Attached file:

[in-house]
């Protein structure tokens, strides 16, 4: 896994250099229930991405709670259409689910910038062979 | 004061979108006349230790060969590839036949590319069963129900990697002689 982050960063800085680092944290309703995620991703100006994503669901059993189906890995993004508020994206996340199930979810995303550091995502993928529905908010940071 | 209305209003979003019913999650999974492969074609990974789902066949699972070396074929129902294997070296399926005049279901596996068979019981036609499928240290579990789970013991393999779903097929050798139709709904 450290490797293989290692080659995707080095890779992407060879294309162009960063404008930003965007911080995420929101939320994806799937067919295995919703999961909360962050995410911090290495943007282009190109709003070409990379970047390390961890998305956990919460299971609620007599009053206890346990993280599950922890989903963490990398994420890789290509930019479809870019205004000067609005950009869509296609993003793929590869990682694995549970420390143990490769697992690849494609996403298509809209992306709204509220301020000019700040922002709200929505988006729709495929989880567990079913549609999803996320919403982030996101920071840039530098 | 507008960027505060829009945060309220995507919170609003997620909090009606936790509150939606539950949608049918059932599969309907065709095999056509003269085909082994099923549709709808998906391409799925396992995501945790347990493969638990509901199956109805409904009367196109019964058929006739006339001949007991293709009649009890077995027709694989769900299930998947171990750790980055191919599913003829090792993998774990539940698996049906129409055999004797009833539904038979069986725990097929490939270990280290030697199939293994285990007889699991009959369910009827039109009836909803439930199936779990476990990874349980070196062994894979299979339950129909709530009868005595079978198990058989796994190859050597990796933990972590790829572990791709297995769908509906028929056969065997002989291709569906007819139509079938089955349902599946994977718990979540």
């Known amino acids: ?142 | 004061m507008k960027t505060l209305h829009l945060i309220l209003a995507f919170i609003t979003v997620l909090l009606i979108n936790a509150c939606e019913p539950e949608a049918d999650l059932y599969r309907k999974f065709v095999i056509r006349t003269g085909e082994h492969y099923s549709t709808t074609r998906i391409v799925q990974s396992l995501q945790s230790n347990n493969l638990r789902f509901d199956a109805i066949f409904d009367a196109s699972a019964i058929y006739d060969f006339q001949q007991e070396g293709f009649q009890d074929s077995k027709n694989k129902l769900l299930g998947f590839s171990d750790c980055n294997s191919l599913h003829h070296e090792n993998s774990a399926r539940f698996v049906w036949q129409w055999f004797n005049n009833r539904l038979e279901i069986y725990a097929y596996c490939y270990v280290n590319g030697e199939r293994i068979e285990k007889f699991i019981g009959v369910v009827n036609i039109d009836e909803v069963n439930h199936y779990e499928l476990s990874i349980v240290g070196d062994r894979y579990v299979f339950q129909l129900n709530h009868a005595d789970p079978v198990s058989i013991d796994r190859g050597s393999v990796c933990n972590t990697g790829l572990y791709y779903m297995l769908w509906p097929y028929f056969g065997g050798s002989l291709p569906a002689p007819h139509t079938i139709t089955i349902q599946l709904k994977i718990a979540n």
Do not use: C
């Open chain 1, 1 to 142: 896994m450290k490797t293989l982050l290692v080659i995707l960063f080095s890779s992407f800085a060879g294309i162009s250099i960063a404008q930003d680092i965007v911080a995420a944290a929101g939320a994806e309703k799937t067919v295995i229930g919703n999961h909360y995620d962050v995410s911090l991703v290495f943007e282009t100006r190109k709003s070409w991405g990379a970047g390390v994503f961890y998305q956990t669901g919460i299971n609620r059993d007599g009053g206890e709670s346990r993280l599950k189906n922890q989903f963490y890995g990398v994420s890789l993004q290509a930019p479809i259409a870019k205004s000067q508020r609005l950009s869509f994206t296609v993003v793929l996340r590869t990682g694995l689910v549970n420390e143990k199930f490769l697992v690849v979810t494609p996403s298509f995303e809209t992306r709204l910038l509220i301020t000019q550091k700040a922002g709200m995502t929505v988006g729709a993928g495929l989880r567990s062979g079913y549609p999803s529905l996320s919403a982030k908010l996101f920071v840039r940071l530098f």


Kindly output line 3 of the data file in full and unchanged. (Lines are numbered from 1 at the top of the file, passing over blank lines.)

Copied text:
């Known amino acids: ?142 | 004061m507008k960027t505060l209305h829009l945060i309220l209003a995507f919170i609003t979003v997620l909090l009606i979108n936790a509150c939606e019913p539950e949608a049918d999650l059932y599969r309907k999974f065709v095999i056509r006349t003269g085909e082994h492969y099923s549709t709808t074609r998906i391409v799925q990974s396992l995501q945790s230790n347990n493969l638990r789902f509901d199956a109805i066949f409904d009367a196109s699972a019964i058929y006739d060969f006339q001949q007991e070396g293709f009649q009890d074929s077995k027709n694989k129902l769900l299930g998947f590839s171990d750790c980055n294997s191919l599913h003829h070296e090792n993998s774990a399926r539940f698996v049906w036949q129409w055999f004797n005049n009833r539904l038979e279901i069986y725990a097929y596996c490939y270990v280290n590319g030697e199939r293994i068979e285990k007889f699991i019981g009959v369910v009827n036609i039109d009836e909803v069963n439930h199936y779990e499928l476990s990874i349980v240290g070196d062994r894979y579990v299979f339950q129909l129900n709530h009868a005595d789970p079978v198990s058989i013991d796994r190859g050597s393999v990796c933990n972590t990697g790829l572990y791709y779903m297995l769908w509906p097929y028929f056969g065997g050798s002989l291709p569906a002689p007819h139509t079938i139709t089955i349902q599946l709904k994977i718990a979540n």